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Parliament’s new rules offer a glimmer of hope

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Members of Parliament at the National Assembly before a debate. While the Constitution provides for the National Assembly to facilitate public involvement in legislative and other processes of the Assembly and its committees, this has not included direct petitioning of Parliament, until now, the writer says. – Picture: Phando Jikelo / African News Agency (ANA) / March 20, 2022

By Bheki Mngomezulu

As South Africa celebrates 30 years of democracy, this is an opportune moment for the country to do self-reflection. This includes an identification and enumeration of areas of success where the country has made giant strides.

Similarly, this is an opportunity for South Africa to be honest and identify areas where the country has not performed well or areas for improvement. This would assist in charting the way forward so that the next 30 years could place the country on an upward trajectory or new pedestal.

One of the issues which has resulted in the declining support for the ANC as the governing party nationally and in eight of the nine provinces has been service delivery.

Challenges with the delivery of services have resulted in intermittent protests. Sadly, some of these protests have destroyed the country’s infrastructure – with others resulting in the loss of life.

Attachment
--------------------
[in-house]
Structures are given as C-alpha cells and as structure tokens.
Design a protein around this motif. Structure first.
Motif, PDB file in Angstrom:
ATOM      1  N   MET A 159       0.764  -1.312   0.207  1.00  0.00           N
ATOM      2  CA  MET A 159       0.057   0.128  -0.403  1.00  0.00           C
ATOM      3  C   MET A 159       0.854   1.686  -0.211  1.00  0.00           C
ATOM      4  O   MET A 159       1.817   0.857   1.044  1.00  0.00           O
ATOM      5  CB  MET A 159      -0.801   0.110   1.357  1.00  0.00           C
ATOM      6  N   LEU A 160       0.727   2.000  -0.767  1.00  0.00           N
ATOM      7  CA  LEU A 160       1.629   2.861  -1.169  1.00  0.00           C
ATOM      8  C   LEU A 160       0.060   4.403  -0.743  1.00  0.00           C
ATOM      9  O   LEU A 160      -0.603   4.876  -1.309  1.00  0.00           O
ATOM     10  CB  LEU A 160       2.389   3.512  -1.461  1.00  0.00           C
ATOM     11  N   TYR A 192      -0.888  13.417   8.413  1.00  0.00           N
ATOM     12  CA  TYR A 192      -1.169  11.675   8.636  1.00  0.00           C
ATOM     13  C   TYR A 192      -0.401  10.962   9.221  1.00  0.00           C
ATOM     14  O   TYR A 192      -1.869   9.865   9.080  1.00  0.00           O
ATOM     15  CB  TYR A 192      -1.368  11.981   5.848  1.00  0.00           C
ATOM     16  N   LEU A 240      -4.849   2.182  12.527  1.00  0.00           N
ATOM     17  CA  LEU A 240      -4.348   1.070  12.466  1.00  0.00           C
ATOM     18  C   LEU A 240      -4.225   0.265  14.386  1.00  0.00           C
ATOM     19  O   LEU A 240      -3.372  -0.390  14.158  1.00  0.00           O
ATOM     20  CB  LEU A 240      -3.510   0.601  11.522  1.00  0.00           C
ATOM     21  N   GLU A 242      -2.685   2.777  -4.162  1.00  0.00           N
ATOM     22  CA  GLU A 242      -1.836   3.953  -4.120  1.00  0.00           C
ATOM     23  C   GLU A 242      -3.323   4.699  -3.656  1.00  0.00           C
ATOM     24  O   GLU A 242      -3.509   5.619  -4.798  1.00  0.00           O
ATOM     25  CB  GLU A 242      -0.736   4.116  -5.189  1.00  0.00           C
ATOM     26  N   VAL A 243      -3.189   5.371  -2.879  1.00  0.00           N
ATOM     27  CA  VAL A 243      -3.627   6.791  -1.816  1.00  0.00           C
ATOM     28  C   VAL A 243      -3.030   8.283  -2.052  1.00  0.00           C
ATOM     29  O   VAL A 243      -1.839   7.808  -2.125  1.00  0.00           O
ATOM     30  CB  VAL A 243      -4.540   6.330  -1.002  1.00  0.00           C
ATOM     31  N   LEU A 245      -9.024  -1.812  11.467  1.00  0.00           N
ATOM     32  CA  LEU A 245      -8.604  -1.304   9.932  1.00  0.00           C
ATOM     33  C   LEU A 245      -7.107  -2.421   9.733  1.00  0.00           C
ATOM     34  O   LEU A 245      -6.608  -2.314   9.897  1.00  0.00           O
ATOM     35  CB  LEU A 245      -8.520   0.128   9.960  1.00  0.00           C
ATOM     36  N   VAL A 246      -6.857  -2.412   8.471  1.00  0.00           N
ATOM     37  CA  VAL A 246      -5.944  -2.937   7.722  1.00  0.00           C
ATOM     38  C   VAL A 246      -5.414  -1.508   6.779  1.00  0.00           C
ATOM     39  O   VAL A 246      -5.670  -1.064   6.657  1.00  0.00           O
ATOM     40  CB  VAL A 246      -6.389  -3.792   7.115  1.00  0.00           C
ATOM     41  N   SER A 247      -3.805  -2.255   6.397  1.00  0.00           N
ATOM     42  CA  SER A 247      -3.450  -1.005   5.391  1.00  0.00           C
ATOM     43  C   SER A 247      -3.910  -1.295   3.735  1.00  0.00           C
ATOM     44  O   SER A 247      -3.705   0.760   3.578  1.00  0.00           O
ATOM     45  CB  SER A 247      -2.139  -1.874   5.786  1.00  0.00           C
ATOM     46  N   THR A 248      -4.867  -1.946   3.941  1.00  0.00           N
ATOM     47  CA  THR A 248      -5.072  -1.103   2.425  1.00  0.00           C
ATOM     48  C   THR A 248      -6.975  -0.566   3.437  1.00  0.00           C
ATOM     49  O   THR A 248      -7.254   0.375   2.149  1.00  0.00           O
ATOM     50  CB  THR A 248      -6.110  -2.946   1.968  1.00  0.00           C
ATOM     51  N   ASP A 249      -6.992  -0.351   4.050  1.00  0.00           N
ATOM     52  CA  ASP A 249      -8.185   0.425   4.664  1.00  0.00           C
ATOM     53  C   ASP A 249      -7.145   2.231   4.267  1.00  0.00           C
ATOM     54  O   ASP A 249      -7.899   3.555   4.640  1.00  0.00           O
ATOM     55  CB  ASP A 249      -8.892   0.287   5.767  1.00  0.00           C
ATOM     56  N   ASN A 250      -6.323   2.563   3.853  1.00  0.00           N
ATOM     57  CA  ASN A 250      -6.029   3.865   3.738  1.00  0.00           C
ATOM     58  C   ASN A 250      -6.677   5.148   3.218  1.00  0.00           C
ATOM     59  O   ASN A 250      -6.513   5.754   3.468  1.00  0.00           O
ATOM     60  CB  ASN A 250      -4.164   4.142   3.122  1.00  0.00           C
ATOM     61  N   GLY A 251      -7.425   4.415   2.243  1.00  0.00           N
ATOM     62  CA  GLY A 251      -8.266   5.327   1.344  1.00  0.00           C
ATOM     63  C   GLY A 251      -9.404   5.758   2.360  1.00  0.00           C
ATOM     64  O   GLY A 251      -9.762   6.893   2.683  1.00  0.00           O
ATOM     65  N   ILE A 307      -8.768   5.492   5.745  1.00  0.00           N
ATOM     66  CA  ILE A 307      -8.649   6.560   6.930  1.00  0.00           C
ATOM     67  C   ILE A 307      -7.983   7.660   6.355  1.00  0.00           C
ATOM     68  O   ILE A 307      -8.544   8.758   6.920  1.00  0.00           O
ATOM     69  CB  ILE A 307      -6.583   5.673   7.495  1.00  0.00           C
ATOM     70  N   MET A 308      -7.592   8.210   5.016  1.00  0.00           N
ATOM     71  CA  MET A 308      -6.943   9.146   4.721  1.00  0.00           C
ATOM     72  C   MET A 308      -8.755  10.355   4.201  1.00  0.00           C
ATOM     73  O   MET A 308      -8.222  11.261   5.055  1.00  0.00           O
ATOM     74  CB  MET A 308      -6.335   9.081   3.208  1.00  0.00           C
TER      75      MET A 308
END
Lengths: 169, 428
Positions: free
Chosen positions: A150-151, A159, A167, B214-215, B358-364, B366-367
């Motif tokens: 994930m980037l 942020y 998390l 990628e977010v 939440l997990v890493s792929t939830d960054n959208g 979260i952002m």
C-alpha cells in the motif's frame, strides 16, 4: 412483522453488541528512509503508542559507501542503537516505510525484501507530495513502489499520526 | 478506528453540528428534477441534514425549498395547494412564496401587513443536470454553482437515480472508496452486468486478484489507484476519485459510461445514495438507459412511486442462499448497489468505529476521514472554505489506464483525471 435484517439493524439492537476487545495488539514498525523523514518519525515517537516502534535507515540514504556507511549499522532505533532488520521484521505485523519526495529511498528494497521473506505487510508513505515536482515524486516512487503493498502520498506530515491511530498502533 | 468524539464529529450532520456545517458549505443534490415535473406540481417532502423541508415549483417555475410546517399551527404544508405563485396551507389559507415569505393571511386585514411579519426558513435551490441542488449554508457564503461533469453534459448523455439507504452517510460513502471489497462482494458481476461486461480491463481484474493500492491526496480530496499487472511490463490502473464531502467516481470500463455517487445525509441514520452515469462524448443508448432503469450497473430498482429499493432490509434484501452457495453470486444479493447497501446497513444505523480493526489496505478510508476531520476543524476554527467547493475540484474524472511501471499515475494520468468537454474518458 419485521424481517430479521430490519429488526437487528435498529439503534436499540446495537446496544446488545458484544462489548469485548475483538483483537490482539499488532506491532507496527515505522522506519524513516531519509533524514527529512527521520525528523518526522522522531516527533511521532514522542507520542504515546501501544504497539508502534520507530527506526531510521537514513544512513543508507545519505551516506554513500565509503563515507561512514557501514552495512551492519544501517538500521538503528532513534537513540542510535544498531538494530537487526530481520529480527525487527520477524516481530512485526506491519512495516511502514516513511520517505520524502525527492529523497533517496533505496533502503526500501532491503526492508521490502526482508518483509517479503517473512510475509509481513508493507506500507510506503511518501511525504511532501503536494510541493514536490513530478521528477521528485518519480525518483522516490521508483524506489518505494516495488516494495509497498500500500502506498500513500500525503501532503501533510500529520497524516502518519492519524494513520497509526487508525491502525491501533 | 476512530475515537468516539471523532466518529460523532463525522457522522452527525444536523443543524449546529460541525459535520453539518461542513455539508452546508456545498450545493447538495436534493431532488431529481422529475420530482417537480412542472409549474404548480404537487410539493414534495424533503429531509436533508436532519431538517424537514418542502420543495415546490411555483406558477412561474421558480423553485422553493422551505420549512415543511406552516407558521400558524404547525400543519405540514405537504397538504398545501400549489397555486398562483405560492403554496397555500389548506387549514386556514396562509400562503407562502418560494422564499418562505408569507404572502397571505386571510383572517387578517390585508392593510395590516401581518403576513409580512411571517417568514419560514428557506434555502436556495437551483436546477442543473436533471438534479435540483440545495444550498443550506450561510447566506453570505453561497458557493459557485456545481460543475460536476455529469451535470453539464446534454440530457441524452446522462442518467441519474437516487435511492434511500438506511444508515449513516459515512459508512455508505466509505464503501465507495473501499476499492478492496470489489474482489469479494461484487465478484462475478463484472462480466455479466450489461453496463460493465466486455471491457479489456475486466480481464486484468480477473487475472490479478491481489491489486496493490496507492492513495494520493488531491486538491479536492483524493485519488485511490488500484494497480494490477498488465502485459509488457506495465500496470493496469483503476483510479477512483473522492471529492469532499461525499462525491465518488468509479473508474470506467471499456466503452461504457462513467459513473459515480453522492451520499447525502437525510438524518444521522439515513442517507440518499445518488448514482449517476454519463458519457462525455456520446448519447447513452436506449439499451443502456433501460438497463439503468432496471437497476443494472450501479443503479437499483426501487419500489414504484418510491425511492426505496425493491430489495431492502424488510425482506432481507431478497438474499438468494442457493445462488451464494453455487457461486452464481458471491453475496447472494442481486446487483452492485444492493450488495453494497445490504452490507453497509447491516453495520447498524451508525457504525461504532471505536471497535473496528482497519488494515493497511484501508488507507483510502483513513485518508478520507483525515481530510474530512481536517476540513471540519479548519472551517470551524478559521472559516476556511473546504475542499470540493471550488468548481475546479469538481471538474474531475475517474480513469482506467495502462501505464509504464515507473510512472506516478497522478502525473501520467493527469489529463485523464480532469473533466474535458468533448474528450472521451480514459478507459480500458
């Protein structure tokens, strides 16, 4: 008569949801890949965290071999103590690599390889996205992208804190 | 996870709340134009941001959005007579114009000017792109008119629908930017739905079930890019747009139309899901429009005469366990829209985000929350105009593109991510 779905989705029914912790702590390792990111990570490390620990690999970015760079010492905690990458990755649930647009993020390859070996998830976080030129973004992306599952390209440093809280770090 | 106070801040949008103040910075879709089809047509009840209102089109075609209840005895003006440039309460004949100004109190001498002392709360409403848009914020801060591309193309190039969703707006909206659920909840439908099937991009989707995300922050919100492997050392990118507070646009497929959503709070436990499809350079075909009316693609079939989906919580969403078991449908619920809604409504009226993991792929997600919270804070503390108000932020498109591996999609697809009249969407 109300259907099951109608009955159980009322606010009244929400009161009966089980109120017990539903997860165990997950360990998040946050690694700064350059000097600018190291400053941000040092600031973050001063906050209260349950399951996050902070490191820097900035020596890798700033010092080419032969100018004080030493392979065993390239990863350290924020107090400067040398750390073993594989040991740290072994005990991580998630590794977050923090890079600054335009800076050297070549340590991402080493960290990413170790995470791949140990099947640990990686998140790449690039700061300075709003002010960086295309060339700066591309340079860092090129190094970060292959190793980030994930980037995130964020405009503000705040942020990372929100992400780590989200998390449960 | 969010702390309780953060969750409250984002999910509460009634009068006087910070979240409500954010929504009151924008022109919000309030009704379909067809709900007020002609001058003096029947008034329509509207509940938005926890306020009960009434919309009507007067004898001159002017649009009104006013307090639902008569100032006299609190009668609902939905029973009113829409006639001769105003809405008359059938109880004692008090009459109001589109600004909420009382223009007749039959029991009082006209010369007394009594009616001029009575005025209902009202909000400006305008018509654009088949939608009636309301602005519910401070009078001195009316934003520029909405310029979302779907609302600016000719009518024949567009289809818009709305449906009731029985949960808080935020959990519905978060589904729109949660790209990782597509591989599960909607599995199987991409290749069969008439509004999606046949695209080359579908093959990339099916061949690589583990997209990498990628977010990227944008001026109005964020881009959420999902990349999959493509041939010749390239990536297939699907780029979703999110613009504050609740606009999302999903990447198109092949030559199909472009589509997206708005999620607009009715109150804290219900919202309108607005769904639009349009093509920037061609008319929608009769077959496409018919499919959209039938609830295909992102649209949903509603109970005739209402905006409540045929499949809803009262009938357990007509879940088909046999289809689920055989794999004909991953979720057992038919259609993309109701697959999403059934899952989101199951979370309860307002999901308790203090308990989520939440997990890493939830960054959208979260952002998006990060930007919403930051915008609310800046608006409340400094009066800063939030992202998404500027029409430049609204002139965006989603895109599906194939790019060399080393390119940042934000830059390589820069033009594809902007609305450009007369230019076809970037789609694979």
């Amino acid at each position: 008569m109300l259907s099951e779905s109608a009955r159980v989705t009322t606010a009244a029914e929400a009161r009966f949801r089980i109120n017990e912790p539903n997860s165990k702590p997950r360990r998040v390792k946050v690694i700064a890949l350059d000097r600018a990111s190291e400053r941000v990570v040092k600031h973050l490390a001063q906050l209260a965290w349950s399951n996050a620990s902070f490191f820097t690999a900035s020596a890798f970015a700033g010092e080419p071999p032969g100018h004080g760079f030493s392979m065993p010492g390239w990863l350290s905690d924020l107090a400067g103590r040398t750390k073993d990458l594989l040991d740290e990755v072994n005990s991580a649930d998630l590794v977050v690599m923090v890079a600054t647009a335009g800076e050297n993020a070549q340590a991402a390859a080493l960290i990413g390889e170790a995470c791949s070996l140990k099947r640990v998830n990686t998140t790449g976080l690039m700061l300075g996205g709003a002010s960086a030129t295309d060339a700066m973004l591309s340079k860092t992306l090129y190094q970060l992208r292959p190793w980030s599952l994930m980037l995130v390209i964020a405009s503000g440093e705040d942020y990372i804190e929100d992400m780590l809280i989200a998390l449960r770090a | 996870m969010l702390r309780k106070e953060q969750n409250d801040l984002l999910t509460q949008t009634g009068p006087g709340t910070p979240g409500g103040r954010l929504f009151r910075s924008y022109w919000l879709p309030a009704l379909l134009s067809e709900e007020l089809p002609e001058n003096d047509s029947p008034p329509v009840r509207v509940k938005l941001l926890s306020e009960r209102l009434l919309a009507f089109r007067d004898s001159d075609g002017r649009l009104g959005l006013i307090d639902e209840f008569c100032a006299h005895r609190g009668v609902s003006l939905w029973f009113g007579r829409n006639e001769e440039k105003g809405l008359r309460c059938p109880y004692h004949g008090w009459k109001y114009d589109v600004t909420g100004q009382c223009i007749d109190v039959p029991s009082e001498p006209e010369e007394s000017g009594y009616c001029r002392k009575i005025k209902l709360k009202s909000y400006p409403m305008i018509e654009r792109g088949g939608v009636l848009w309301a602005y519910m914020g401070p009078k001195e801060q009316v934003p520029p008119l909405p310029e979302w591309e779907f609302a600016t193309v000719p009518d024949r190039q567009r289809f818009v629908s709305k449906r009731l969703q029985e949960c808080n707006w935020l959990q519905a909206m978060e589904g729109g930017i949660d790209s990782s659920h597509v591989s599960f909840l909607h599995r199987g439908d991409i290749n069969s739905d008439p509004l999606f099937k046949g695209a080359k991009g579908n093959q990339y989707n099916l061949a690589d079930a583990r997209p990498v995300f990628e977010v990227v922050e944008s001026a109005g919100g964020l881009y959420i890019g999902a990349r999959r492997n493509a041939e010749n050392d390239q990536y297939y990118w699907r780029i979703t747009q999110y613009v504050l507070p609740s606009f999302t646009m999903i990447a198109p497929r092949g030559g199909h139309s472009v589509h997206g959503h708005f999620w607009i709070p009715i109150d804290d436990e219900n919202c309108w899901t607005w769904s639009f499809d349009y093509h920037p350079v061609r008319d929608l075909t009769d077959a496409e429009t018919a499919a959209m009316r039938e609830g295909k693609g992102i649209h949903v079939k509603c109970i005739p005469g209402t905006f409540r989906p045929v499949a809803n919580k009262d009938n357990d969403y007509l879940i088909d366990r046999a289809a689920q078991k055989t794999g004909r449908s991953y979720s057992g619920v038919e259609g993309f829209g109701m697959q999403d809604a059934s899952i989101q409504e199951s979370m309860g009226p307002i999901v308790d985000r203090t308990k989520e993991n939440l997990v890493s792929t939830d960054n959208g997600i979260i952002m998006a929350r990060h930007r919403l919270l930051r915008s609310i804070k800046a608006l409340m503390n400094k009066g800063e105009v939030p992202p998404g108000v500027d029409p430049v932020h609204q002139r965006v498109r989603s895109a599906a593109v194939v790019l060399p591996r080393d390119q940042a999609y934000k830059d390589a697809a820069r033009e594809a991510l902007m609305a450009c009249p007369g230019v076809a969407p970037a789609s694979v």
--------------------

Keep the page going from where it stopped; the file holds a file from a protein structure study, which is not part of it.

But it is not all doom and gloom. With the election date drawing closer, politicians are quickly waking up from their slumber. Suddenly, they have a listening ear. They are more visible in communities. As is always the case on the eve of an election, they are introducing various projects in different places and promising to do a lot of other things.

Whether these promises will be kept after the election is everybody’s guess. However, history leads us to the conclusion that this will not be the case. There is little hope that politicians will suddenly be honest and not renege on their promises.

With specific reference to service delivery, one of the reasons why this issue has continued incessantly is the way the public has been engaging with the National Assembly.

Section 59(1)(a) of The Constitution of the Republic of South Africa states that “the National Assembly must facilitate public involvement in the legislative and other processes of the Assembly and its committees”. Such involvement did not include direct petitioning of Parliament.

Until this month, members of the public were only allowed to directly petition the National Council of Provinces (NCOP). They could only petition the National Assembly through a member of Parliament (MP) who served as the intermediary.

This meant, for the voice of the public to be heard and for their concerns to receive audience from Parliament, they depended on the intermediary MP. The effectiveness and ineffectiveness of such an individual determined the pace at which the public’s concerns could be heard and acted upon by Parliament. This impeded the quick resolution of issues that members of the public were complaining about.